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Henicorhina leucoptera

Bar-winged Wood-Wren

  • Order: Passeriformes
  • Family: Troglodytidae
  • Monotypic

Authors: Schulenberg, Thomas S., and Tom Johnson

Identification

Summary

Wood-wrens (Henicorhina) are small wrens with very short tails, dark brown upperparts, white or light gray underparts, and black and white streaks on the side of the face. Bar-winged Wood-Wren is a large Henicorhina; its plumage is typical of the genus, but Bar-winged is distinctive because of the white tips to the wing coverts, forming distinct wing bars.

Similar Species

Bar-winged Wood-Wren is sympatric with the widely distributed Gray-breasted Wood-Wren (Henicorhina leucophrys). Bar-winged is larger and longer-billed than Gray-breasted, but is most readily distinguished by the white tips to the wing coverts, forming the white bars on the wing for which the species takes its name. Additionally, Bar-winged Wood-Wren has dingier brown upperparts and whiter underparts, with some gray mottling at the sides of the breast; the sides of the breast of Bar-winged also usually are streaked, this streaking often extending across the center of breast as well. Finally, the two species differ in habitat, with Bar-winged confined to stunted forest on nutrient poor soils, and Gray-breasted Wood-Wren widespread in adjacent taller forest. 

Vocalizations

The song of Bar-winged Wood-Wren is described as "a mellow, whistled warbling phrase, usually less complex than Gray-breasted Wood-Wren [Henicorhina leucophrys] (but more so than White-breasted [Henicorhina leucosticta]), and never (?) with high introductory notes. For example: WEEwer-wurdleWEE?" (Lane, in Schulenberg et al. 2007).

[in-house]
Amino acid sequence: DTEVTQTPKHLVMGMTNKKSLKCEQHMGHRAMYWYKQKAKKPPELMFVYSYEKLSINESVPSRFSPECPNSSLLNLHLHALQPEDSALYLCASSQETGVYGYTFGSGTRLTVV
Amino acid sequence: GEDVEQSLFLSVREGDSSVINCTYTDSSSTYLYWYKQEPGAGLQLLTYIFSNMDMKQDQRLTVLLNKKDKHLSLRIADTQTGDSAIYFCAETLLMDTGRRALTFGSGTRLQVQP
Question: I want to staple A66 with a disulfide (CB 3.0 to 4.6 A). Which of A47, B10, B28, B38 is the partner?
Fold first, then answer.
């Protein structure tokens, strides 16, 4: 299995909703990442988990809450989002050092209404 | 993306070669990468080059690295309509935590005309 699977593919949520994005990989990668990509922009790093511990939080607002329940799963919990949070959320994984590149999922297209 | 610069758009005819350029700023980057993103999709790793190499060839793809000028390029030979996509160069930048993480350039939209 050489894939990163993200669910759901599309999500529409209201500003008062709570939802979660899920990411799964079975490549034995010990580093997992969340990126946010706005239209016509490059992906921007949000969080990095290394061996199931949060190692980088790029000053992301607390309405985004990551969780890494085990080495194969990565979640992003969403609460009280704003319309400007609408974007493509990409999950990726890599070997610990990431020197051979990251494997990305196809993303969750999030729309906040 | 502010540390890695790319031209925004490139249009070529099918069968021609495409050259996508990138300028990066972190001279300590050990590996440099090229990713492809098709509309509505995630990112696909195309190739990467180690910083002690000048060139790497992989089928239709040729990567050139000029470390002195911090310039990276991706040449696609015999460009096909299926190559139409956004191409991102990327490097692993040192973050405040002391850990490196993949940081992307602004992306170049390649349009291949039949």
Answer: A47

A more complete description of the song of Bar-winged Wood-Wren is provided by Fitzpatrick et al. (1977). The song typically consists of a motif (a rich, warbled phrase) that is repeated in rapid succession for up to 5 s. Usually only a single motif is used in an individual song, but occasional songs include a shift from one repeated phrase to a second one. Two general classes of motifs are used. The standard motif, dubbed Type A by Fitzpatrick et al. (1977), are repeated in rapid succession; this song is similar to that of Gray-breasted Wood-Wren, but is higher and faster with a more ringing quality and more frequent trills. The second type of motifs (Type B) are given only singly or in pairs, and are longer phrases than the type A motifs, beginning or terminating with a trill of varying rapidity. Type B motifs were given after tape playback.

The song of Bar-winged Wood-Wren frequently is given as a duet by a pair (Fitzpatrick et al. 1977, Lane in Schulenberg 2007).

Calls include "a dry tchut, sometimes given in a chattered series, not as rich as call of Gray-breasted [and] a squeaky wink" (Lane, in Schulenberg et al. 2007), and "a rapid, high-pitched chatter when alarmed" (Fitzpatrick et al. 1977).

Additional recordings of vocalizations of Bar-winged Wood-Wren can be heard at Macaulay Library and at xeno-canto.

Nonvocal Sounds

None reported.

Detailed Description (appearance)

The following description is based on Fitzpatrick et al. (1977), except where noted otherwise: